Flag of Honor

Student Vets - Field of Honor Fundraiser
Submitted by Nicole Jablonski - SVS
ECU’s Pirate Veterans Organization (PVO) is holding its annual fundraiser, the Field of Honor.  PVO sells flags to the ECU campus community to allow students, staff and faculty to purchase a 5’X7” flag for $5.00 to honor family members or friends who have served. Each flag will have a tag attached showing who is being honored and who purchased the flag.  Those who have no close connection to the military community do not have to provide a name, but can still purchase a flag to show support for current service members or veterans.  Flags will be displayed near ECU’s veteran memorial throughout the month of November.

To purchase a flag, please stop by Brewster D107 to order one or look for the Pirate Veteran Organization tables around campus throughout October and November. 

Proceeds will go to help support the Student Veterans Services scholarships.


Collegiate Recovery Community

The East Carolina University Collegiate Recovery Community is a state-funded program that started a year ago to help students recover from drug abuse.

Young adults are more likely to abuse drugs than any other age group, and CRC program coordinator Jarmichael Harris said he is hoping the organization can make a difference.

“Everyone’s being affected by this,” said Harris.

Thousands die from drug overdoses each year, and Harris said drug abuse is on the rise.

“Depending on the stats that you might find, it’s anywhere from 200 percent on the rise to 400 percent on the rise,” Harris said.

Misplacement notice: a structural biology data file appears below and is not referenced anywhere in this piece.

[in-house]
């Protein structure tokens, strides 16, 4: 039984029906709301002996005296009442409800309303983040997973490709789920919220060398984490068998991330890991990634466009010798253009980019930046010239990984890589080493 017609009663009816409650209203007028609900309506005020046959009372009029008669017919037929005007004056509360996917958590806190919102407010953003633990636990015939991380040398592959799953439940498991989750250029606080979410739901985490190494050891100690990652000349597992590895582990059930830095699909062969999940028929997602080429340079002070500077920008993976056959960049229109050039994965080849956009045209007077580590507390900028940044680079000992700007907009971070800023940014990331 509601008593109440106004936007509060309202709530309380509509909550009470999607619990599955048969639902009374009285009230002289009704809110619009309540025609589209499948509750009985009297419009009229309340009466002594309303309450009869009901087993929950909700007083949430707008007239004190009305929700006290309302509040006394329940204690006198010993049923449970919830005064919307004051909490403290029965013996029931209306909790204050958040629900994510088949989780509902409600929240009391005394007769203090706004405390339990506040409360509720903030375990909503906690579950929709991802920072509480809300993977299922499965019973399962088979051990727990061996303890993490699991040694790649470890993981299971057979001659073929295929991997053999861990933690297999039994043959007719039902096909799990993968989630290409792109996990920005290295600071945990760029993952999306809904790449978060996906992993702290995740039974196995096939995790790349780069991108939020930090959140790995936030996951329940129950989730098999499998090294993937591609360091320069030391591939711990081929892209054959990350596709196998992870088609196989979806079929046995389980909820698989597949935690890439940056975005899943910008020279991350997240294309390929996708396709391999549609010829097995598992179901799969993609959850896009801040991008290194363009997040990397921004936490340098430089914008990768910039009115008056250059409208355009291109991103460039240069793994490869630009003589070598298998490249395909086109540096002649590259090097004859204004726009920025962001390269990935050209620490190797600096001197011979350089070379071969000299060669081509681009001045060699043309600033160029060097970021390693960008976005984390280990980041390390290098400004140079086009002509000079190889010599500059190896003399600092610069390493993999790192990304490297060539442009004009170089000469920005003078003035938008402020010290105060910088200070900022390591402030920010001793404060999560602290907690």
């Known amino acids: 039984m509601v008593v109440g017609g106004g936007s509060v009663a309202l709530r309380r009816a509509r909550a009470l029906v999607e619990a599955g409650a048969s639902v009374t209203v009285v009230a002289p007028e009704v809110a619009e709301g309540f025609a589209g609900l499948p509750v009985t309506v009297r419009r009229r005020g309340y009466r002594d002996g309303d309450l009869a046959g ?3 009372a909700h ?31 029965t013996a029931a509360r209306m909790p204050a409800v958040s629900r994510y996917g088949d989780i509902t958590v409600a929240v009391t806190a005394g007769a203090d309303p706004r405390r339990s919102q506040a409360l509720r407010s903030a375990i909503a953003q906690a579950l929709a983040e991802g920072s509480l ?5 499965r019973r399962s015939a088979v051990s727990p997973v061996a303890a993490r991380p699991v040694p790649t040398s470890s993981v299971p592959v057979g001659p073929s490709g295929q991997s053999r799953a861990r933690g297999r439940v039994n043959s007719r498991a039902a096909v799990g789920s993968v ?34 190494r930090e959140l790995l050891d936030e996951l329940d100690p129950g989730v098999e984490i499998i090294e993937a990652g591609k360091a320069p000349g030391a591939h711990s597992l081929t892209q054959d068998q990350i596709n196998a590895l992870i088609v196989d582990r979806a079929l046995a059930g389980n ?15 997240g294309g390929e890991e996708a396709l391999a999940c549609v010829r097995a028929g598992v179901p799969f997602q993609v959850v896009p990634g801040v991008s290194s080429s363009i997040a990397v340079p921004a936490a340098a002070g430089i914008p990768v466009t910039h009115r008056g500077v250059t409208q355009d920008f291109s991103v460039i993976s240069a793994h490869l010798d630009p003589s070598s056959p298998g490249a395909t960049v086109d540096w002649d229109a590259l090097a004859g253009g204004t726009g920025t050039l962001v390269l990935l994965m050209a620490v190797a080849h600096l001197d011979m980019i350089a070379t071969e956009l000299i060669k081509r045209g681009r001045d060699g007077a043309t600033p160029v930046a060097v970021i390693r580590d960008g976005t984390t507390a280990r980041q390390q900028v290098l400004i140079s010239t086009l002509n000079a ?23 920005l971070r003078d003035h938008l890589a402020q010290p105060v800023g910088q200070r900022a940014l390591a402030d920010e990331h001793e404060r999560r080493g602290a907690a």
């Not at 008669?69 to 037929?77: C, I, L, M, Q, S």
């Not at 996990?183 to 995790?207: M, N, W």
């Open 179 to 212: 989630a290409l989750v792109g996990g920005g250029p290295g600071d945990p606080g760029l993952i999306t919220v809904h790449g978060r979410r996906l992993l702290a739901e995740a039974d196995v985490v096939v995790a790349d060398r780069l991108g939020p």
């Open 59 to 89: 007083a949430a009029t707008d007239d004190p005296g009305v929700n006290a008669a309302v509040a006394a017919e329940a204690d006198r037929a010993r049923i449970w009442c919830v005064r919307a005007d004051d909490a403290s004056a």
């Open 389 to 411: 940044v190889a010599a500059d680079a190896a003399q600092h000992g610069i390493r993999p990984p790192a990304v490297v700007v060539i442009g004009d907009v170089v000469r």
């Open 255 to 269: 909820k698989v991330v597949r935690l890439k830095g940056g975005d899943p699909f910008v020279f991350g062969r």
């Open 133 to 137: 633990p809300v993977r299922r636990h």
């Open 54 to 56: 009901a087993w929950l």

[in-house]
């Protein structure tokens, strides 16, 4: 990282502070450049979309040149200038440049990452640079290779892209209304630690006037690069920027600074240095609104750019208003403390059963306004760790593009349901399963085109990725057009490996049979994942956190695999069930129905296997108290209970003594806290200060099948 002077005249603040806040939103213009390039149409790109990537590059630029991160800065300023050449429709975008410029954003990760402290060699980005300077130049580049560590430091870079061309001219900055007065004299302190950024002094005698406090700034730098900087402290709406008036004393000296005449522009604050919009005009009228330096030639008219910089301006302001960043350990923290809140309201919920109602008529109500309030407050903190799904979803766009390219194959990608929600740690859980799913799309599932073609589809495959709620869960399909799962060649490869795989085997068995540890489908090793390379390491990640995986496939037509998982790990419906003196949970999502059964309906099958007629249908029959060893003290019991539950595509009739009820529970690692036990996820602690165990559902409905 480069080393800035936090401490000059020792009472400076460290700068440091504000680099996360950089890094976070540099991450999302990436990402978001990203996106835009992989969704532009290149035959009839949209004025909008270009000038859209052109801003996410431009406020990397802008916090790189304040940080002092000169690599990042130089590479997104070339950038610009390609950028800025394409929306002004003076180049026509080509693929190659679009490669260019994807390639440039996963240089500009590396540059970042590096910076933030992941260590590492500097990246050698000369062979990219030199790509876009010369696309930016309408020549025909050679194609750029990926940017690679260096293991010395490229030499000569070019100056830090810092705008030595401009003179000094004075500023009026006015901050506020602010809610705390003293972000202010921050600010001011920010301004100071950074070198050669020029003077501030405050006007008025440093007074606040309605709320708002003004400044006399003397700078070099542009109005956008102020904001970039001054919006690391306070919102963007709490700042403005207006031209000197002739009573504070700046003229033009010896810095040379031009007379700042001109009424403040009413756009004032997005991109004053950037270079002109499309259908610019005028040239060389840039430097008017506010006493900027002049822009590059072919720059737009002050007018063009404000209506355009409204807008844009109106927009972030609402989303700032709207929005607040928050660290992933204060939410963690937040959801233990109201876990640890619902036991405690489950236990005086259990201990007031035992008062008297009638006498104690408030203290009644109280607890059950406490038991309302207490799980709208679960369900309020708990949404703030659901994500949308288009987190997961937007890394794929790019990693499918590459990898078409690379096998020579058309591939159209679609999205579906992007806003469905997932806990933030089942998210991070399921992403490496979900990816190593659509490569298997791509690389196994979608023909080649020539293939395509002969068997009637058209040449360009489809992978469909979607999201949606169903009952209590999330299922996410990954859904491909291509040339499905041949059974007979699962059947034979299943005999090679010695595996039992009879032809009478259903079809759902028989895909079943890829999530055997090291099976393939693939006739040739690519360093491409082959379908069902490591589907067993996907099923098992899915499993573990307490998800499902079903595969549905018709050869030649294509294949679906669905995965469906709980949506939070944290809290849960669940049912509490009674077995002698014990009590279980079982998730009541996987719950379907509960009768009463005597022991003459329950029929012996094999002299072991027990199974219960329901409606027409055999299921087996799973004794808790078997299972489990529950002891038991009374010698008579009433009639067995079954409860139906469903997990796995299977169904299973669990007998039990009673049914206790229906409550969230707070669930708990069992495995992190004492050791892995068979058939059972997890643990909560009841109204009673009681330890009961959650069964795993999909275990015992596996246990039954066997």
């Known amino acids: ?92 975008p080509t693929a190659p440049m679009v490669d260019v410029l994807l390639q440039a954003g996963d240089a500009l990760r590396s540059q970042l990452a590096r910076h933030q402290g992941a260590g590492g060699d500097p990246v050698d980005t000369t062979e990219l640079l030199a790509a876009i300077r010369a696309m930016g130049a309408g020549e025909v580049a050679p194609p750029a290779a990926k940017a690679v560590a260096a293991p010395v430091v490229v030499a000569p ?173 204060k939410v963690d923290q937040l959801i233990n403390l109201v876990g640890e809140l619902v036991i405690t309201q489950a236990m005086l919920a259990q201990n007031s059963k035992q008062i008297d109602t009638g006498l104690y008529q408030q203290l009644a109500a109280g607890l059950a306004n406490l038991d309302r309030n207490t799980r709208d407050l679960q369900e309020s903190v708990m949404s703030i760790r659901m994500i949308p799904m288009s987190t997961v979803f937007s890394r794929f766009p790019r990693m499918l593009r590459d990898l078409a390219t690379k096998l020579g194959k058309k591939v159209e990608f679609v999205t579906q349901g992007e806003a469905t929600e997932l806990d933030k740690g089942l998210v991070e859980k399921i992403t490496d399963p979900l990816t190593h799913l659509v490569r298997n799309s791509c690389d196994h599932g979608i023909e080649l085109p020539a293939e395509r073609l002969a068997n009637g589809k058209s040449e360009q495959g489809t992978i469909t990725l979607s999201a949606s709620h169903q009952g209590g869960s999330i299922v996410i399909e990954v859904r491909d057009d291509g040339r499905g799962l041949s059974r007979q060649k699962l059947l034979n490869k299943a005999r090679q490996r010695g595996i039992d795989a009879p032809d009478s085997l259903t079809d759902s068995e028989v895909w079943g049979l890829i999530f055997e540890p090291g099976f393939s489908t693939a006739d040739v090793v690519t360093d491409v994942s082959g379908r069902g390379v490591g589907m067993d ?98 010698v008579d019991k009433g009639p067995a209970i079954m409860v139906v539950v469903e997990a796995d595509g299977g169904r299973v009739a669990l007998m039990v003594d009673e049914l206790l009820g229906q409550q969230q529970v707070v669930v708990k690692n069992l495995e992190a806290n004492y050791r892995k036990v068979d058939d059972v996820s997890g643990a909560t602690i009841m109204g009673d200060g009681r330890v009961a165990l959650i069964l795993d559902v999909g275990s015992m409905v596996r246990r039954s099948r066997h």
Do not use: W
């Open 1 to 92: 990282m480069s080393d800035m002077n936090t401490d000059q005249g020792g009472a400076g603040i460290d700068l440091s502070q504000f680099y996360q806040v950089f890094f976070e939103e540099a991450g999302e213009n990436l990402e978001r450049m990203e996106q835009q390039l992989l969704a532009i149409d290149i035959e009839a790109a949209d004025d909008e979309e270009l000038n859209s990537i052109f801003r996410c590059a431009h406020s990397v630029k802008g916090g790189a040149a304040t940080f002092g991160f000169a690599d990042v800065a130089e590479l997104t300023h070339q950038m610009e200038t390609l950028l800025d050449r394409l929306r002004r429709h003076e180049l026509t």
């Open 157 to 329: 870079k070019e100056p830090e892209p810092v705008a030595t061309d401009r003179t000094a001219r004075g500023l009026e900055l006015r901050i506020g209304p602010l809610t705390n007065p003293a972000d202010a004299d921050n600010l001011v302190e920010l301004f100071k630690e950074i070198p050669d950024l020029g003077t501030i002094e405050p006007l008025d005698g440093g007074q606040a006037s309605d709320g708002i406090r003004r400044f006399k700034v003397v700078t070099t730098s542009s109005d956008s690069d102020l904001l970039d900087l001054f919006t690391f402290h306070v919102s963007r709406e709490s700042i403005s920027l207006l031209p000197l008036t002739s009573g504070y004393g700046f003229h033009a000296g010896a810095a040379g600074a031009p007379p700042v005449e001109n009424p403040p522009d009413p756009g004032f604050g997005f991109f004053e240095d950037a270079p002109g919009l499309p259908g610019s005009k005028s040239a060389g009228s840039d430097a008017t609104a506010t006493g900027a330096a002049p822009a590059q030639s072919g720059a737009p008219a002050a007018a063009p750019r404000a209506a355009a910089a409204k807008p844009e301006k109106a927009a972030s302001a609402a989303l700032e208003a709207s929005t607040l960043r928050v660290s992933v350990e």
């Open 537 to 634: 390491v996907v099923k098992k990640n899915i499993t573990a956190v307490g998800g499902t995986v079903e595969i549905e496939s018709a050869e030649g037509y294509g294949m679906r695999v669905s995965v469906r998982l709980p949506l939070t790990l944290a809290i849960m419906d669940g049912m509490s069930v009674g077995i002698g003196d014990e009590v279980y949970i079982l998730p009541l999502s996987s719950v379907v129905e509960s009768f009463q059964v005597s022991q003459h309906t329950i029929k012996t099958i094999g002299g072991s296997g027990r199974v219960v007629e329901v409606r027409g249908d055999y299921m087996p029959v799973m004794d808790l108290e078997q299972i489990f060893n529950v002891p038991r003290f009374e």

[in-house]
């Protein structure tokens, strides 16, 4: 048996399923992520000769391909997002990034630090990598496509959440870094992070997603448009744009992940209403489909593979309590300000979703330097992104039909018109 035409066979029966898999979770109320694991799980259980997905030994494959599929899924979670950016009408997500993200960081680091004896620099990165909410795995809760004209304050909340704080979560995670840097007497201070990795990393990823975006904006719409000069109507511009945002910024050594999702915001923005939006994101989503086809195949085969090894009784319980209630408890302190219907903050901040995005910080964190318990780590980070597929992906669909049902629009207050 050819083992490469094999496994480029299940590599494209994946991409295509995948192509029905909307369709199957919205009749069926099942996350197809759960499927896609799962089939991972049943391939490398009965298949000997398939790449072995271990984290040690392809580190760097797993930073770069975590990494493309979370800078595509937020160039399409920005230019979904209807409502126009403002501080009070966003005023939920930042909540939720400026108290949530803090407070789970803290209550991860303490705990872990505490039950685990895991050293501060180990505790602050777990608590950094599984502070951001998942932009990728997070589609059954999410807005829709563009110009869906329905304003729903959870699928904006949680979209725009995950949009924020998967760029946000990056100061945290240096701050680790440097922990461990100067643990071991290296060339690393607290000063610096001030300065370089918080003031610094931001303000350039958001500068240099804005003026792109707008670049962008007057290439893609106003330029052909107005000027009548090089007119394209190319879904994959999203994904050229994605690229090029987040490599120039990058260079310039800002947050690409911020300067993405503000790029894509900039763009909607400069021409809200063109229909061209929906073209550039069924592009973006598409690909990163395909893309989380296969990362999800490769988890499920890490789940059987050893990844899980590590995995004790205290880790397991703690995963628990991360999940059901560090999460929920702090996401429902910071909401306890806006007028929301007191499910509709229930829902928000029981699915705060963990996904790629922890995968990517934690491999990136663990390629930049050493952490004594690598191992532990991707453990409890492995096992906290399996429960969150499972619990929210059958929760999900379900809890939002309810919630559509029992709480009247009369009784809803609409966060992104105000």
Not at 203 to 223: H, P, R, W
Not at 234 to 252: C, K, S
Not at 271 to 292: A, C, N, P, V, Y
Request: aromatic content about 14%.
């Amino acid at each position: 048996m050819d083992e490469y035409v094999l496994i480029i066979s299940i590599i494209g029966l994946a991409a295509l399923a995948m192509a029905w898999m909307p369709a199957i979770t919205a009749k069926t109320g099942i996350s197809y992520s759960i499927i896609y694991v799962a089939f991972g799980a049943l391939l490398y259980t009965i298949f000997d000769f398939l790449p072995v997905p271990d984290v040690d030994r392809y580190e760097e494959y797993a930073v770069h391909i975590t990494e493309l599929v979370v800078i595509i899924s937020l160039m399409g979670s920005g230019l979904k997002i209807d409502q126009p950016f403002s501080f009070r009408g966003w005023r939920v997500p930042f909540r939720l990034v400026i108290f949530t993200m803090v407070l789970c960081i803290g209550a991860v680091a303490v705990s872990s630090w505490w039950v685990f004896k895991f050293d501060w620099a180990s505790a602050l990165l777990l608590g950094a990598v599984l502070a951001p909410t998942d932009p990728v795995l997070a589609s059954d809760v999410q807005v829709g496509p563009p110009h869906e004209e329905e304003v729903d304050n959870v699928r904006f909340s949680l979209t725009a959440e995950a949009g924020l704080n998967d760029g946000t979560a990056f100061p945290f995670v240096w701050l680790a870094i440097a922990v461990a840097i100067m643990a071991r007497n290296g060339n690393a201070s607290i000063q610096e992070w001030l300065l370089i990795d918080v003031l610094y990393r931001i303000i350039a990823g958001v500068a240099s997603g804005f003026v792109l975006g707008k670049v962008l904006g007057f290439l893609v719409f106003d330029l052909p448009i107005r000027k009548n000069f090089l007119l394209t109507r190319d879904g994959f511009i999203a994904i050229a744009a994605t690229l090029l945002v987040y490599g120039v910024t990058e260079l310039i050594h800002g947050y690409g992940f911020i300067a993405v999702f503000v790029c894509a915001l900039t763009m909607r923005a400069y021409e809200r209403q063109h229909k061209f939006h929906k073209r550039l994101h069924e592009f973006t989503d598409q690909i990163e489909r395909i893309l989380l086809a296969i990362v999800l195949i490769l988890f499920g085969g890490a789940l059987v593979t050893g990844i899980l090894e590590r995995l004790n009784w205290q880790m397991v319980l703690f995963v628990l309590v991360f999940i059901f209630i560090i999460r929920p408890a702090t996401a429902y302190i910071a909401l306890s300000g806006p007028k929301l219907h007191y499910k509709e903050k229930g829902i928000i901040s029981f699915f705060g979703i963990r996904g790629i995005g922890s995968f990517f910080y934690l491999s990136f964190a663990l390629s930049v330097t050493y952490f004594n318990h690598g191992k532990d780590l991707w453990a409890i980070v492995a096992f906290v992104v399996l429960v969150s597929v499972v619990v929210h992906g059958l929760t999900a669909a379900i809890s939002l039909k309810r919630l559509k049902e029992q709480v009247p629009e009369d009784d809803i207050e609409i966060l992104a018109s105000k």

The Collegiate Recovery Program has programs, informational sessions and even allies who want to get involved.

However, Harris said those who need it most may be unwilling to reach out.

“It really seems as though the students who may be in recovery for whatever reason they are kind of in hiding,” Harris said.
ECU’s CRC has about 20 members. Of those, 10 are allies and only half are recovering from some sort of addiction.

Alcohol and drug counselor Hillary Liles said the negative stigma surrounding addiction doesn’t encourage people to reach out for help.

“Seeking help takes a big kind of step of bravery, and sometimes that’s hard for people to do on their own,” said Liles.

That’s why CRC attempts to create avenues that could help reverse the negative stereotypes.

“The support of the Collegiate Recovery Community is really what we’re looking for to be able to draw people in, and kind of normalize ‘I’m in recovery; I’m on a college campus, and that’s OK,’” Liles said.

Click here for the full story on WNCT

Peace Love